ATLANTA—At its Microsoft Ignite 2016 conference here, Microsoft today announced a new strategic partnership with Adobe where Adobe is moving its Marketing Cloud, Creative Cloud and Document Cloud to the Microsoft Azure cloud infrastructure platform.
With this partnership, Adobe will make Microsoft Azure its “preferred cloud platform” for the Adobe Marketing Cloud, Adobe Creative Cloud and Adobe Document Cloud, said Shantanu Narayen, president and CEO of Adobe. Adobe officials said Azure provides Adobe with a trusted, global cloud and a data platform designed for intelligent services, including machine learning and cognitive capabilities in Microsoft Cortana Intelligence Suite and SQL Server.
Under the partnership, customers of the two companies will be prepared to more readily address their digital transformation requirements and provide personalized experiences for their customers. Moreover, the companies enable users to combine the capabilities of Microsoft Azure, Adobe Marketing Cloud and Microsoft Dynamics 365—Microsoft’s cloud-based customer relationship management (CRM) and enterprise resource planning (ERP) solution. Microsoft will make Adobe Marketing Cloud its preferred marketing service for Dynamics 365.
“Business leaders in every industry are focused on how to better engage their digital customers, wherever they are,” said Satya Nadella, CEO of Microsoft, in a statement. “Together, Adobe and Microsoft are bringing the most advanced marketing capabilities on the most powerful and intelligent cloud to help companies digitally transform and engage customers in new ways.”
Meanwhile, Microsoft officials said the two companies are collaborating on data integrations to ensure customers can easily work across Adobe Marketing Cloud and Dynamics 365 business applications, tapping into the products’ artificial intelligence, machine learning and advance analytics. Customers will be able to use these integrations across Adobe and Microsoft solutions to create new data-driven sales and marketing capabilities.
Microsoft said the underlying data models will be extensible to enterprise customers, as well as third-party developers and partners, to help enrich the shared ecosystem.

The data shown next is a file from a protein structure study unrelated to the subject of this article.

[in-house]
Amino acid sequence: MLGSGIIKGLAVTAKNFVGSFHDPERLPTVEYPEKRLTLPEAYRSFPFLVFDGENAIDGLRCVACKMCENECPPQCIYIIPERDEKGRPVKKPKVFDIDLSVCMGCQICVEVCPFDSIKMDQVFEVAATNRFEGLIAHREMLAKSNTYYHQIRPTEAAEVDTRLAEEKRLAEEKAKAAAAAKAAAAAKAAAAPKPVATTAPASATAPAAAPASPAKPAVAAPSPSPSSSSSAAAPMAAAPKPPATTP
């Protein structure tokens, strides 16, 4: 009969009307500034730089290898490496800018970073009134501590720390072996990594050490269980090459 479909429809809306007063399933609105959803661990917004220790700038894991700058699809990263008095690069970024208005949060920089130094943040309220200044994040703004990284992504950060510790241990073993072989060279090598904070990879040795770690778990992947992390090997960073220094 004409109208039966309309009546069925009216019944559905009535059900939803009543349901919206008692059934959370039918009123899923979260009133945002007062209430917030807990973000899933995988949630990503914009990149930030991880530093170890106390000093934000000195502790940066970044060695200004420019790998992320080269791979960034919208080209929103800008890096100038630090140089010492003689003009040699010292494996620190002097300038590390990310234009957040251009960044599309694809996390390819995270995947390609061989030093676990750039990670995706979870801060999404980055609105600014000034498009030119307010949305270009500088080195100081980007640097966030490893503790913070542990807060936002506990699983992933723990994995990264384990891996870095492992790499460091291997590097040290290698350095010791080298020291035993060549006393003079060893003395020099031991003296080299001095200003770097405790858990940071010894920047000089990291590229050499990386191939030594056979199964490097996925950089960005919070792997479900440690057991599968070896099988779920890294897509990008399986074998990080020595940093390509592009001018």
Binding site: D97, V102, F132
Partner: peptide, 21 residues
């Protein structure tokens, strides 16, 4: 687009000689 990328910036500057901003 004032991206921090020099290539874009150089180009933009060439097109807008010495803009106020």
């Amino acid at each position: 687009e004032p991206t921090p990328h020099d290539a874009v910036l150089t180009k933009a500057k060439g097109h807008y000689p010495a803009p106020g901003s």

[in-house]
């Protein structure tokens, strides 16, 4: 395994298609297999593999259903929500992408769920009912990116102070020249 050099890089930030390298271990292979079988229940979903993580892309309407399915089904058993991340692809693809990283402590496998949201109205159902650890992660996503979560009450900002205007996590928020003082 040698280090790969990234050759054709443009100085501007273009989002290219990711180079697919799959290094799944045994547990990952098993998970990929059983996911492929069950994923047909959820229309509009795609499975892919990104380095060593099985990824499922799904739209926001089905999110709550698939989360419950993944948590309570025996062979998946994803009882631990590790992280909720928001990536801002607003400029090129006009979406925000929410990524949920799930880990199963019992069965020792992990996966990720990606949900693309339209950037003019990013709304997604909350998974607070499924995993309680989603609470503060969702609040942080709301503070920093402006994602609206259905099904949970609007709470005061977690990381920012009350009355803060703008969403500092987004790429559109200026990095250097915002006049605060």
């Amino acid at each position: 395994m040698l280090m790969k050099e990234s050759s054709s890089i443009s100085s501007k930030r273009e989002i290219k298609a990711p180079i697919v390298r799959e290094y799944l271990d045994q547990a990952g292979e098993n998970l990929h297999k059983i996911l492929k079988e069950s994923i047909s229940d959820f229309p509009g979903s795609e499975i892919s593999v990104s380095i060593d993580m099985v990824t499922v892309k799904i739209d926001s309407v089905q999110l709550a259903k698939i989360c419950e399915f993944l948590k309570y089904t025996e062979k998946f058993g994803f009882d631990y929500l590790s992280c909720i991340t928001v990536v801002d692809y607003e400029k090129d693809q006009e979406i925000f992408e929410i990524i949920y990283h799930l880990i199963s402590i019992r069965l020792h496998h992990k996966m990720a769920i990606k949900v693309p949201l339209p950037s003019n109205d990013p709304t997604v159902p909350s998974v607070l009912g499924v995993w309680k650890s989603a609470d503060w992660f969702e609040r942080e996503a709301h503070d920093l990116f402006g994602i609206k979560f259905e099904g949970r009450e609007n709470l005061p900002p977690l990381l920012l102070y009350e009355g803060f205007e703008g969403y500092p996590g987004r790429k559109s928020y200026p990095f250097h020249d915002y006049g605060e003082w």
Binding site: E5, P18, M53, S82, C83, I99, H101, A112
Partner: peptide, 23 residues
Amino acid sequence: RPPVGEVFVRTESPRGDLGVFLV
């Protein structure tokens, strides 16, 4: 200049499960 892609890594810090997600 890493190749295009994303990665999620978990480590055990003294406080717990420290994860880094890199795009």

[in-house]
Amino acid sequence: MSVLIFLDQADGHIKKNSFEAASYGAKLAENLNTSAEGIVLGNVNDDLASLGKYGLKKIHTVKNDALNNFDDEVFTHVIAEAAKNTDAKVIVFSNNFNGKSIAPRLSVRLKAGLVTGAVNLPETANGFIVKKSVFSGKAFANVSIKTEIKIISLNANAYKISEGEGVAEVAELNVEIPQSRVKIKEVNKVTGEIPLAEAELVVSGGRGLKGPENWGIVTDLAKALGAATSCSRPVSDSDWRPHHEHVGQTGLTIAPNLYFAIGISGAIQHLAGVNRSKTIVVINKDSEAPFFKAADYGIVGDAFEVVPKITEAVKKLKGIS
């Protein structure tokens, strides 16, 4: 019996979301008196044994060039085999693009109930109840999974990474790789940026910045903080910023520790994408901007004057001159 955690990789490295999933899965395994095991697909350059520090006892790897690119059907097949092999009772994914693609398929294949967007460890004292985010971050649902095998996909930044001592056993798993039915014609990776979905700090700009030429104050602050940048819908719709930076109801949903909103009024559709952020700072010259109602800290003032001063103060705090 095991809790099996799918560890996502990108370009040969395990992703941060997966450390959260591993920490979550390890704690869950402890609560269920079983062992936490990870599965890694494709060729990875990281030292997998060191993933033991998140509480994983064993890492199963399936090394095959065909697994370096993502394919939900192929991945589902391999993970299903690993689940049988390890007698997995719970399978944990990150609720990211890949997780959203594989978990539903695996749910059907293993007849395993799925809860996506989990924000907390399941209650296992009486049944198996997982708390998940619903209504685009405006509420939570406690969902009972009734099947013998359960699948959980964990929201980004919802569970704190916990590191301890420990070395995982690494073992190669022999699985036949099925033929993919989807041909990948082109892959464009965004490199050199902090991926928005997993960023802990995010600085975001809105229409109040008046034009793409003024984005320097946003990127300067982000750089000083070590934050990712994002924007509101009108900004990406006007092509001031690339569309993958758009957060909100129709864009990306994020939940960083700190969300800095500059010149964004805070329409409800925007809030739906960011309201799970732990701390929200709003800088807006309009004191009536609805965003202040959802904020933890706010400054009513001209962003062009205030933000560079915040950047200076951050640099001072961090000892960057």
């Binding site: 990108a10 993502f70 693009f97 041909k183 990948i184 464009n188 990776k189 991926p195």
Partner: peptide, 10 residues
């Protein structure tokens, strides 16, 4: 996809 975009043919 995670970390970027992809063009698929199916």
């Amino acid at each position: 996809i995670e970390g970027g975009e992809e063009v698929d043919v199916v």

“Customers today expect a well-designed, personalized and consistent experience every time they engage with a brand,” Narayen said in a statement. “Adobe and Microsoft will bring together the cloud horsepower and end-to-end capabilities brands need to design and deliver great digital experiences.”
Adobe last week announced its third-quarter 2016 earnings results. The company reported record quarterly revenue of $1.46 billion, representing year-over-year growth of 20 percent. Adobe’s Digital Media segment revenue was a record $990 million, with Creative revenue growing 39 percent year-over-year to a record $803 million. Also strong Creative Cloud and Document Cloud adoption drove Digital Media annualized recurring revenue to $3.70 billion exiting the quarter, a quarter-over-quarter increase of $285 million. And Adobe Marketing Cloud achieved record revenue of $404 million.
“Adobe is humming on all cylinders,” said Al Hilwa, an analyst with IDC. “Its decision to shift its business to a cloud subscription model has been a categorical success and serves as an example for the software industry as a whole. The company’s transition has been a well-executed case of how to take a large mature business and shift it to a cloud distribution and engagement model to further enhance its value proposition.”
Hilwa added that the benefits for the company have been significant, including reducing piracy and enhancing the level of engagement with its customers.
“The company’s regular investments in new assets and capabilities like the Behance network and Adobe Stock have stimulated greater customer stickiness and loyalty over time,” he said. “Adobe’s three key businesses, Creative Cloud, Document Cloud and Marketing Cloud, are all on a growth trajectory, and the company appears to be increasing the level of synergy across these businesses.”